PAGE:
Impact of Draf III, Draf IIb, and Draf IIa frontal sinus surgery on nasal irrigation distribution

Henry P. Barham*, Christian A. Hall, Stephen C. Hernandez, Harry E. Zylicz, Megan M. Stevenson, Brittany A. Zito, Richard J. Harvey

*Corresponding author for this work

Research output: Contribution to journalArticlepeer-review

5 Citations (Scopus)


Background: Delivery of topical pharmacotherapy to the paranasal sinuses remains integral to the management of chronic rhinosinusitis. The frontal sinus remains a difficult access site for irrigations, often limited by its position relative to the nostril and ethmoid sinus. In view of the previous demonstration of improved frontal sinus irrigation with Draf III vs Draf IIa, in this work we sought to evaluate topical access of Draf IIb relative to Draf IIa and Draf III modification of the frontal sinus outflow tract. Methods: Unfixed human cadaver heads were dissected using Draf IIa, Draf IIb, and Draf III frontal sinusotomies. Draf IIa, Draf IIb, and Draf III frontal sinusotomies were performed in progressive sequence on each cadaver head. Nasal irrigation fluid access to the frontal sinus was tested after each successive frontal sinus intervention. Irrigations were performed using Frankfort horizontal and vertex positioning. Blinded reviewers were then asked to evaluate nasal irrigation access based on an ordinal scale. Results: Eight cadaveric specimens (age, 78 ± 12.3 years; 62.5% female) were assessed. The greatest distribution scores were recorded by Draf III, then IIb, and then IIa (90.7% vs 81.3% vs 50.1%; p < 0.001). Similarly, the rate of lavage was greatest with Draf III (50% vs 12.5% vs 12.5%). Vertex positioning and increasing volume trended toward improved distribution but did not reach statistical significance. Conclusion: Adequate delivery of topical therapy to the paranasal sinuses by nasal irrigation remains critical in the postoperative state. Although increasing the dimensions of the frontal recess improves nasal irrigation delivery, the Draf III procedure provides the optimal delivery of pharmacotherapy in those with frontal sinus disease.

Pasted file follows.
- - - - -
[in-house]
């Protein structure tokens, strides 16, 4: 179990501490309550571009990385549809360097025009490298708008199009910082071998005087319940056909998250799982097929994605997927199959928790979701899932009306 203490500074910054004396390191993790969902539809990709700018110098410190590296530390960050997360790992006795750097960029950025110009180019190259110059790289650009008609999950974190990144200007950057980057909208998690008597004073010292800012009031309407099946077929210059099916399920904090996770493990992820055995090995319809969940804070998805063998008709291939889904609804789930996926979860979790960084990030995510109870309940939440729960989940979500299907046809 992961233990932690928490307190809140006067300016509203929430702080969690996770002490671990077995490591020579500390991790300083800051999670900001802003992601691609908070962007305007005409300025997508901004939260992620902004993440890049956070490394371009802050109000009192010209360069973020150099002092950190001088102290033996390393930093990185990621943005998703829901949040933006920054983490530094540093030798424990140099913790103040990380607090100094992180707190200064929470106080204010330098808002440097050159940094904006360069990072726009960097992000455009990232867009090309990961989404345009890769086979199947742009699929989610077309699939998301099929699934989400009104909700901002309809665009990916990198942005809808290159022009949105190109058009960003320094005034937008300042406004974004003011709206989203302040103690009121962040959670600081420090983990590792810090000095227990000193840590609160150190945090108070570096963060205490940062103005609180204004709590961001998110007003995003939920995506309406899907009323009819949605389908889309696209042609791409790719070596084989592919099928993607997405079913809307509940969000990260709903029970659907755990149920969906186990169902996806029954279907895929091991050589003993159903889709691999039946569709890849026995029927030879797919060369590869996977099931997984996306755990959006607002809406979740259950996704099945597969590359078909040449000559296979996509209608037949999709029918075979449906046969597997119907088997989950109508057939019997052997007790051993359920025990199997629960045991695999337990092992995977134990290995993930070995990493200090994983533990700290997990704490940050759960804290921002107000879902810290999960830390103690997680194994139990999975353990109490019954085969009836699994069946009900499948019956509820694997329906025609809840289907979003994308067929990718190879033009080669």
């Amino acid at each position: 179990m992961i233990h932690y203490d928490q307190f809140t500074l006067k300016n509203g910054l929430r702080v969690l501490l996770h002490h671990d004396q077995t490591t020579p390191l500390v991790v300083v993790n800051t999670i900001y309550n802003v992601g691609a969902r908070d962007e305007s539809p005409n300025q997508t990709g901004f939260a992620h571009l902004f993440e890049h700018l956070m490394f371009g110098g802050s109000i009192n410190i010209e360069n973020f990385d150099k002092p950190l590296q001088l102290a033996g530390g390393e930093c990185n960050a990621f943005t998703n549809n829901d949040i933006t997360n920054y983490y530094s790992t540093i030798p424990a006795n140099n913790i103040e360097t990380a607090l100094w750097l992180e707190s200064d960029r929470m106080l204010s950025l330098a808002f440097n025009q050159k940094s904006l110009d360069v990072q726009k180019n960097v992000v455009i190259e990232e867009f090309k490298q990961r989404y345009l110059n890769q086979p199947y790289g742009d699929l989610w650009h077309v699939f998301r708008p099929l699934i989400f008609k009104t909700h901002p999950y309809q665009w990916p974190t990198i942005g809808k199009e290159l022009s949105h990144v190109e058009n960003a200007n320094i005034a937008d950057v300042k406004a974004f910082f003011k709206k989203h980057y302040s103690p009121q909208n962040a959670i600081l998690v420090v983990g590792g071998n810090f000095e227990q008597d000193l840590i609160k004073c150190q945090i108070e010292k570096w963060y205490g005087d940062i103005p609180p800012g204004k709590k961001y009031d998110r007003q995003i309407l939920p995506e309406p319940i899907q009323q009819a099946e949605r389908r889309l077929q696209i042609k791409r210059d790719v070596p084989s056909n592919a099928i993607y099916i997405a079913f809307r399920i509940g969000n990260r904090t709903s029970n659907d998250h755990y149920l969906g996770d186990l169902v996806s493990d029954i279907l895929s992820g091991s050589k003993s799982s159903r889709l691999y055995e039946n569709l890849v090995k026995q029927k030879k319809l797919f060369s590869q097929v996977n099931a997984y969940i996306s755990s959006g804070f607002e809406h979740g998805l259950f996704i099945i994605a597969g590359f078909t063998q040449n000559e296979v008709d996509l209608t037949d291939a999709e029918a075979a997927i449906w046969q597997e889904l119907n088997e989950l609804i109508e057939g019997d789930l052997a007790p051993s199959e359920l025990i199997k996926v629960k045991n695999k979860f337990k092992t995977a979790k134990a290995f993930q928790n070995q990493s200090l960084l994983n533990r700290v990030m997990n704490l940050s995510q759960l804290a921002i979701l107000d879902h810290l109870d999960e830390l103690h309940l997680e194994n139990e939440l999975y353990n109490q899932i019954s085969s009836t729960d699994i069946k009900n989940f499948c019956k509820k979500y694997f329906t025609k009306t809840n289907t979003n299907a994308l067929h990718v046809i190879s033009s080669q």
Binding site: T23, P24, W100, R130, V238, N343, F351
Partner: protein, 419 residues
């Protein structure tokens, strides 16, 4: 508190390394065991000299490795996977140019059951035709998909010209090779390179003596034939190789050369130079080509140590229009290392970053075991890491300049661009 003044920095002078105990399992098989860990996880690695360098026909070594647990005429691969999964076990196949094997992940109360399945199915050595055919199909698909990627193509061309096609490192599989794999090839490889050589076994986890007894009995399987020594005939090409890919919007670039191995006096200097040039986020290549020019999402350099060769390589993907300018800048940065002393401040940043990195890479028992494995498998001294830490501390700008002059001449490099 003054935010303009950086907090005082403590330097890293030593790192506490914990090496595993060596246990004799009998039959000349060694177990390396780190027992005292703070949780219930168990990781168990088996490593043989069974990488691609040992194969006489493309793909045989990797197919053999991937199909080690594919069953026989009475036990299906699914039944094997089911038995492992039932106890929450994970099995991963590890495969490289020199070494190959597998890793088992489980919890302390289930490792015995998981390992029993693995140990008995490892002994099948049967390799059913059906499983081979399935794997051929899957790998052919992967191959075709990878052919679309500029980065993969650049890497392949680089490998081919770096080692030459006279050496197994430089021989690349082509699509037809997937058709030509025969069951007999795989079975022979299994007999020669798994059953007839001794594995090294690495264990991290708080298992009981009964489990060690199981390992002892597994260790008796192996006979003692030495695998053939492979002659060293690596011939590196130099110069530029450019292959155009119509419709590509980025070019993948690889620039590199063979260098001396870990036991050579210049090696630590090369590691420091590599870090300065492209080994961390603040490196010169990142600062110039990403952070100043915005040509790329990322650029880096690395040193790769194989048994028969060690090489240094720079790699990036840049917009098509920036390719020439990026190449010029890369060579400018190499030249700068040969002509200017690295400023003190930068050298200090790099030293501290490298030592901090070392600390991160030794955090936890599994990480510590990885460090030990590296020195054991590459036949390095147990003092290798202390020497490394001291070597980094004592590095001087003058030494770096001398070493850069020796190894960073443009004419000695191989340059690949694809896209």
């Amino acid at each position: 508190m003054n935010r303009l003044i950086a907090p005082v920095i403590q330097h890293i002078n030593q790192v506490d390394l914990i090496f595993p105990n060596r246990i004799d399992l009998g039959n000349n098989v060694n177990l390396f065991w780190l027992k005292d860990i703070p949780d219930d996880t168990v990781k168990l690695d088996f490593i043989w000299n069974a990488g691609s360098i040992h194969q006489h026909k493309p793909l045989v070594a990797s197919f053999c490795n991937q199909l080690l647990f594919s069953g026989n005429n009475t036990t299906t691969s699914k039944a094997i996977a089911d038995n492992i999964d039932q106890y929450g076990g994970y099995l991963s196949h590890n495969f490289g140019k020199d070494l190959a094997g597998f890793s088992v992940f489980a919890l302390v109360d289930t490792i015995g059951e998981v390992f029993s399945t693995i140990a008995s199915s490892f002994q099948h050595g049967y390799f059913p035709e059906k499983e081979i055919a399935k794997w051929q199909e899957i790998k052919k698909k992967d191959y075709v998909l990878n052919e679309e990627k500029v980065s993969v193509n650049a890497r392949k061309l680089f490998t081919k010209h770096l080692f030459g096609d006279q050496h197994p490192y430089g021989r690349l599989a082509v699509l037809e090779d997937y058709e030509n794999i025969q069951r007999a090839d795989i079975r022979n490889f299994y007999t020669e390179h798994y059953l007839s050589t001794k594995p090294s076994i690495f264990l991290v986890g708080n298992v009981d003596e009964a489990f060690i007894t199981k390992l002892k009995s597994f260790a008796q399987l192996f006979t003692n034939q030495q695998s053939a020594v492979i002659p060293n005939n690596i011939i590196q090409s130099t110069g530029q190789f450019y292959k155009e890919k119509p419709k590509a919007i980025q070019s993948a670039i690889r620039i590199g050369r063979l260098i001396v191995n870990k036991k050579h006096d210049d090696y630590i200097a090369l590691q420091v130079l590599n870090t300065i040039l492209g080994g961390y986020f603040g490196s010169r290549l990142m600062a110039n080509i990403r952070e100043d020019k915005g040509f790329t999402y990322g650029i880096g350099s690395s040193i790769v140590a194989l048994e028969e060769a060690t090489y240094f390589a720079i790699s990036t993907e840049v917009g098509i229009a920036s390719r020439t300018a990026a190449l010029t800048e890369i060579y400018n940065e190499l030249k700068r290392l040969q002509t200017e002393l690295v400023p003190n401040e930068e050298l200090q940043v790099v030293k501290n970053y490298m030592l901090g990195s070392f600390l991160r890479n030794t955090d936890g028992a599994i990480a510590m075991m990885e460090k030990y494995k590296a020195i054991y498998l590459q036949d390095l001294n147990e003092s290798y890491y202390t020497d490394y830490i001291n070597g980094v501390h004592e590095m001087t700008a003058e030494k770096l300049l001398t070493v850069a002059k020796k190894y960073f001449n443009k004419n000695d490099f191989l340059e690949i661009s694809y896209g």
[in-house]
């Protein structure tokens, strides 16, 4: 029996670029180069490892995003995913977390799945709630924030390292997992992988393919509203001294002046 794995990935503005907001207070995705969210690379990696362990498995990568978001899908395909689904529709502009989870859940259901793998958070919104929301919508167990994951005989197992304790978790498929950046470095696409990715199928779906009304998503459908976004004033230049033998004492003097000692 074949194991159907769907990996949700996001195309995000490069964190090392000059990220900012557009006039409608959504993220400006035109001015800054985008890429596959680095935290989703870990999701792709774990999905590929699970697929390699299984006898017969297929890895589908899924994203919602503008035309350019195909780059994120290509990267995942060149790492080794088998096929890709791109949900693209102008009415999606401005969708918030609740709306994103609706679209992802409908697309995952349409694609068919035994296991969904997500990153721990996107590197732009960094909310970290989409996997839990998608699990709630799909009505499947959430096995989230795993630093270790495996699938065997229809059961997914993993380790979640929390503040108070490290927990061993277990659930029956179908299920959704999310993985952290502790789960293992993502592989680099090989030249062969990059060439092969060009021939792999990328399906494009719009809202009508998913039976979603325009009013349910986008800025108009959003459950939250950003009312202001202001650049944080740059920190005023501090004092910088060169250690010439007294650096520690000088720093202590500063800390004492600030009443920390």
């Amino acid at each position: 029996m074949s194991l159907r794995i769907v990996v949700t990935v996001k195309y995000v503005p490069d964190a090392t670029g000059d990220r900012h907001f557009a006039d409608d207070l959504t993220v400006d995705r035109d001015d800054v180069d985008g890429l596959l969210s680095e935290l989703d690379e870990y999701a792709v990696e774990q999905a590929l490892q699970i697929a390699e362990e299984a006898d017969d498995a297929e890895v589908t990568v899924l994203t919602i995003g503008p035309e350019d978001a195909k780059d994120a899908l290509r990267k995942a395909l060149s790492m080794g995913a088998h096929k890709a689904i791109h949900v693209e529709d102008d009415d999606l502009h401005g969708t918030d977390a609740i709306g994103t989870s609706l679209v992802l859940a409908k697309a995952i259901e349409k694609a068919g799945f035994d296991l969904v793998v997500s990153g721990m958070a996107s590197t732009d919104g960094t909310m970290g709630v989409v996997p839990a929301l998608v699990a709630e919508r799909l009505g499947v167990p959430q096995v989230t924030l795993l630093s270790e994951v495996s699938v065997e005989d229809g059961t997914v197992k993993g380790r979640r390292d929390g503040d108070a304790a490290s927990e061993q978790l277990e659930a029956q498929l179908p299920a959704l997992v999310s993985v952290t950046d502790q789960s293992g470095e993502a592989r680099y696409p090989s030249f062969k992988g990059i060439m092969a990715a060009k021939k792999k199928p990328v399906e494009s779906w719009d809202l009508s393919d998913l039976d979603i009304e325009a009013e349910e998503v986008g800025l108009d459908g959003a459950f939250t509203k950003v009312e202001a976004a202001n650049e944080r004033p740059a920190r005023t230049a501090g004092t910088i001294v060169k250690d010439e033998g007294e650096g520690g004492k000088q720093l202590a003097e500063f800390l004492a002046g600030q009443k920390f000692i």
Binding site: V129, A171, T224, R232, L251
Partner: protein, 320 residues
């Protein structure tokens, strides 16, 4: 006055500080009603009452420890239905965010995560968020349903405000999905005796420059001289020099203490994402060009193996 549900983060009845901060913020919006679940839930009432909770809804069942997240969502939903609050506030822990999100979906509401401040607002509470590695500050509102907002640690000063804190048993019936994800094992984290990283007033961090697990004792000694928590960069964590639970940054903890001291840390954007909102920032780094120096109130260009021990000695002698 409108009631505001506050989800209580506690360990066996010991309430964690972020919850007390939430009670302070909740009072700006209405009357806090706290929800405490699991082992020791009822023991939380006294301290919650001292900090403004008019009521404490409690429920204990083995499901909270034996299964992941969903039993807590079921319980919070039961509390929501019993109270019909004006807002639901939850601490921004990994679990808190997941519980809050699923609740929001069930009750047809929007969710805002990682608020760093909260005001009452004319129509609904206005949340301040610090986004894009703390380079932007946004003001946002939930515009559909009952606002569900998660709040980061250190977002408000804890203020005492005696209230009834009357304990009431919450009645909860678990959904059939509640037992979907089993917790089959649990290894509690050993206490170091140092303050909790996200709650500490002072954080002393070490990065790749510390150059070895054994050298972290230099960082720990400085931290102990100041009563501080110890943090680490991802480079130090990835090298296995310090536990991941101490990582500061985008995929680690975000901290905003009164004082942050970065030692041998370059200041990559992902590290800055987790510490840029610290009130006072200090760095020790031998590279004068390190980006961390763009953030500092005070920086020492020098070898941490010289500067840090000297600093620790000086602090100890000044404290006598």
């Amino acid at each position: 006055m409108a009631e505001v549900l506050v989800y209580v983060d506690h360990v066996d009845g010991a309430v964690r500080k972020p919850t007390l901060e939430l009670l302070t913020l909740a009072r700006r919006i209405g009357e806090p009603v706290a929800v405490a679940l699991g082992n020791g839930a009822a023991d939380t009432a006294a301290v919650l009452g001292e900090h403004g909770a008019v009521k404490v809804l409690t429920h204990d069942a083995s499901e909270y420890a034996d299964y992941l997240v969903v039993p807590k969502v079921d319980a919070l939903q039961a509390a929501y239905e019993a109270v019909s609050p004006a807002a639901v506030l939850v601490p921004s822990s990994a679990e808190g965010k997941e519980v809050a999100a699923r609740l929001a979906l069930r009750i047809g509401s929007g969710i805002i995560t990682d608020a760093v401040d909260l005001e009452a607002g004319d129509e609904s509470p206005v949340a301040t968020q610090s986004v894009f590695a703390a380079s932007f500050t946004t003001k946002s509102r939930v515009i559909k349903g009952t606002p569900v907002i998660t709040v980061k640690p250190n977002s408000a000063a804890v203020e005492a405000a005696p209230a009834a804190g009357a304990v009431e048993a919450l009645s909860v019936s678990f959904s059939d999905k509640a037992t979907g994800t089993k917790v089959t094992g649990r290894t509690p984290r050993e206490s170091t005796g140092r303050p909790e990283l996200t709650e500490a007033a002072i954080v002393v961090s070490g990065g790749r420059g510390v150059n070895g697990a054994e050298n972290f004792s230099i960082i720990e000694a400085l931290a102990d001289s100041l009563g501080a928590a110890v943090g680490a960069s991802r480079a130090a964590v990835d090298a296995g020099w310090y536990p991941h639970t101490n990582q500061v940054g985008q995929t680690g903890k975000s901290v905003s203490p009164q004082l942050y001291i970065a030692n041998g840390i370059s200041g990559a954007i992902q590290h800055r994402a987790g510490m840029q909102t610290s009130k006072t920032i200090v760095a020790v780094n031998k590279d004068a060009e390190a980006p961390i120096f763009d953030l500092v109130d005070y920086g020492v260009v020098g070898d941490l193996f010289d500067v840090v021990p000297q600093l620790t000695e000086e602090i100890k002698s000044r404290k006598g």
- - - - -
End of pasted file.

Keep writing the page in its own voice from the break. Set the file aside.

Original languageEnglish
Pages (from-to)49-52
Number of pages4
JournalInternational Forum of Allergy and Rhinology
Issue number1
Publication statusPublished - Jan 2020


  • chronic rhinosinusitis
  • distribution
  • frontal sinus
  • irrigation
  • sinusitis
  • topical therapy

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